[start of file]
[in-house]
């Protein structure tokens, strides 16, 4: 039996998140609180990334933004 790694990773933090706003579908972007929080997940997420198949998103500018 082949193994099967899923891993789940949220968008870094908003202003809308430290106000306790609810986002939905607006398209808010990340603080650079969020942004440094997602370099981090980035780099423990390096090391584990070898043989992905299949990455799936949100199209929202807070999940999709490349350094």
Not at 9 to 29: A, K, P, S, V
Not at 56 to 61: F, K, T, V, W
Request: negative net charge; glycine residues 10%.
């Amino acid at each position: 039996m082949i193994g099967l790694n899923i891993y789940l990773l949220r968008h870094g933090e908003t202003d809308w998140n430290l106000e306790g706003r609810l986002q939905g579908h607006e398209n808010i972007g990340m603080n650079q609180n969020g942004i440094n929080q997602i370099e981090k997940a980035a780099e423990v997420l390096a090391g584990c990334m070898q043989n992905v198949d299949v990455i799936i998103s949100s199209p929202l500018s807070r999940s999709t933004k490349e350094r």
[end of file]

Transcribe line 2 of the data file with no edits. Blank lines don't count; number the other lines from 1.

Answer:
């Protein structure tokens, strides 16, 4: 039996998140609180990334933004 790694990773933090706003579908972007929080997940997420198949998103500018 082949193994099967899923891993789940949220968008870094908003202003809308430290106000306790609810986002939905607006398209808010990340603080650079969020942004440094997602370099981090980035780099423990390096090391584990070898043989992905299949990455799936949100199209929202807070999940999709490349350094």